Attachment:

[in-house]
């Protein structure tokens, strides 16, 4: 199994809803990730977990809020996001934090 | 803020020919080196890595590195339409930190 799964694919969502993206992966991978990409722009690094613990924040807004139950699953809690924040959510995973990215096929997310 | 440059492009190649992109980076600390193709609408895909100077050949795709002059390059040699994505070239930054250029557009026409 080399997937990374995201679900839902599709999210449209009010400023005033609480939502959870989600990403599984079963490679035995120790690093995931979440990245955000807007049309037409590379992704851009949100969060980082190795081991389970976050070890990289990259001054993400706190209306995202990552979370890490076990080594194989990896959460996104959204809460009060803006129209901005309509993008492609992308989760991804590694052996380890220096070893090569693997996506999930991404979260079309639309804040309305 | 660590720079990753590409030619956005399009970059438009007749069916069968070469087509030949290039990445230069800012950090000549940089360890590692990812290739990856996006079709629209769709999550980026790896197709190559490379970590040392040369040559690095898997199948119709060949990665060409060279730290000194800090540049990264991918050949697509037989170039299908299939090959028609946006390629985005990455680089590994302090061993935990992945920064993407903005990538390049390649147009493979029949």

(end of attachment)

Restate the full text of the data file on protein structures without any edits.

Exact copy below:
[in-house]
């Protein structure tokens, strides 16, 4: 199994809803990730977990809020996001934090 | 803020020919080196890595590195339409930190 799964694919969502993206992966991978990409722009690094613990924040807004139950699953809690924040959510995973990215096929997310 | 440059492009190649992109980076600390193709609408895909100077050949795709002059390059040699994505070239930054250029557009026409 080399997937990374995201679900839902599709999210449209009010400023005033609480939502959870989600990403599984079963490679035995120790690093995931979440990245955000807007049309037409590379992704851009949100969060980082190795081991389970976050070890990289990259001054993400706190209306995202990552979370890490076990080594194989990896959460996104959204809460009060803006129209901005309509993008492609992308989760991804590694052996380890220096070893090569693997996506999930991404979260079309639309804040309305 | 660590720079990753590409030619956005399009970059438009007749069916069968070469087509030949290039990445230069800012950090000549940089360890590692990812290739990856996006079709629209769709999550980026790896197709190559490379970590040392040369040559690095898997199948119709060949990665060409060279730290000194800090540049990264991918050949697509037989170039299908299939090959028609946006390629985005990455680089590994302090061993935990992945920064993407903005990538390049390649147009493979029949």